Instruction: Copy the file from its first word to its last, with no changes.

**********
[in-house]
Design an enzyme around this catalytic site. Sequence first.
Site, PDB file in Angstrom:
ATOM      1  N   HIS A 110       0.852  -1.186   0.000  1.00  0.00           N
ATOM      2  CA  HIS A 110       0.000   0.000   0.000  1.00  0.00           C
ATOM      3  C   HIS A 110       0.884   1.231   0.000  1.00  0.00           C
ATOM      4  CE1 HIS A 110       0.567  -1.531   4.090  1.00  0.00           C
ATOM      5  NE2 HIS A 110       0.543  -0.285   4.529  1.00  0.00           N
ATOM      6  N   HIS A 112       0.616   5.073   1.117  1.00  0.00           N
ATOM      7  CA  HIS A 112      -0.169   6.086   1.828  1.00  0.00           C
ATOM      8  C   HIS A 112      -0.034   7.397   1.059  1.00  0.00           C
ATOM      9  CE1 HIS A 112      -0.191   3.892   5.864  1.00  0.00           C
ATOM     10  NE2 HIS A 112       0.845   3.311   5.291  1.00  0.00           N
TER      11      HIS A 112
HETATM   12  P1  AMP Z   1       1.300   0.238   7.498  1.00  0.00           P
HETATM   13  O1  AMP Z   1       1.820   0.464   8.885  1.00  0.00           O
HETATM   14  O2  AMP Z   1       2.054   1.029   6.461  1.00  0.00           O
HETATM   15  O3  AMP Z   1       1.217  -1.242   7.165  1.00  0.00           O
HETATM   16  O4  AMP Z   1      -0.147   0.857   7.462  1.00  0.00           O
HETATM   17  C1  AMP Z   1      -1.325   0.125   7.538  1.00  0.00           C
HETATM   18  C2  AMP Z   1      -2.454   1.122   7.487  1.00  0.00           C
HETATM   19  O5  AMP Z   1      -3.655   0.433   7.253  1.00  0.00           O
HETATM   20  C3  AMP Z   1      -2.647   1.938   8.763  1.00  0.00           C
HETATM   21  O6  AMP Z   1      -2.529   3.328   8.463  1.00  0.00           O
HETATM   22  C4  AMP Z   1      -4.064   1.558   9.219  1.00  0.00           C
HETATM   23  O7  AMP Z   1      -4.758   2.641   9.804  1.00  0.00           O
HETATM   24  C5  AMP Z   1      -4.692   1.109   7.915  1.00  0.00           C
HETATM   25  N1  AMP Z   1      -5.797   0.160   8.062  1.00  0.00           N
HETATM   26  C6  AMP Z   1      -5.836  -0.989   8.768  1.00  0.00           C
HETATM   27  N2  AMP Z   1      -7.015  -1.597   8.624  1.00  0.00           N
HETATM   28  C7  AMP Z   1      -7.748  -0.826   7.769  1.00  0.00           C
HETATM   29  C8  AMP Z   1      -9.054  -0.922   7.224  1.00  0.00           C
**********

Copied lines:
[in-house]
Design an enzyme around this catalytic site. Sequence first.
Site, PDB file in Angstrom:
ATOM      1  N   HIS A 110       0.852  -1.186   0.000  1.00  0.00           N
ATOM      2  CA  HIS A 110       0.000   0.000   0.000  1.00  0.00           C
ATOM      3  C   HIS A 110       0.884   1.231   0.000  1.00  0.00           C
ATOM      4  CE1 HIS A 110       0.567  -1.531   4.090  1.00  0.00           C
ATOM      5  NE2 HIS A 110       0.543  -0.285   4.529  1.00  0.00           N
ATOM      6  N   HIS A 112       0.616   5.073   1.117  1.00  0.00           N
ATOM      7  CA  HIS A 112      -0.169   6.086   1.828  1.00  0.00           C
ATOM      8  C   HIS A 112      -0.034   7.397   1.059  1.00  0.00           C
ATOM      9  CE1 HIS A 112      -0.191   3.892   5.864  1.00  0.00           C
ATOM     10  NE2 HIS A 112       0.845   3.311   5.291  1.00  0.00           N
TER      11      HIS A 112
HETATM   12  P1  AMP Z   1       1.300   0.238   7.498  1.00  0.00           P
HETATM   13  O1  AMP Z   1       1.820   0.464   8.885  1.00  0.00           O
HETATM   14  O2  AMP Z   1       2.054   1.029   6.461  1.00  0.00           O
HETATM   15  O3  AMP Z   1       1.217  -1.242   7.165  1.00  0.00           O
HETATM   16  O4  AMP Z   1      -0.147   0.857   7.462  1.00  0.00           O
HETATM   17  C1  AMP Z   1      -1.325   0.125   7.538  1.00  0.00           C
HETATM   18  C2  AMP Z   1      -2.454   1.122   7.487  1.00  0.00           C
HETATM   19  O5  AMP Z   1      -3.655   0.433   7.253  1.00  0.00           O
HETATM   20  C3  AMP Z   1      -2.647   1.938   8.763  1.00  0.00           C
HETATM   21  O6  AMP Z   1      -2.529   3.328   8.463  1.00  0.00           O
HETATM   22  C4  AMP Z   1      -4.064   1.558   9.219  1.00  0.00           C
HETATM   23  O7  AMP Z   1      -4.758   2.641   9.804  1.00  0.00           O
HETATM   24  C5  AMP Z   1      -4.692   1.109   7.915  1.00  0.00           C
HETATM   25  N1  AMP Z   1      -5.797   0.160   8.062  1.00  0.00           N
HETATM   26  C6  AMP Z   1      -5.836  -0.989   8.768  1.00  0.00           C
HETATM   27  N2  AMP Z   1      -7.015  -1.597   8.624  1.00  0.00           N
HETATM   28  C7  AMP Z   1      -7.748  -0.826   7.769  1.00  0.00           C
HETATM   29  C8  AMP Z   1      -9.054  -0.922   7.224  1.00  0.00           C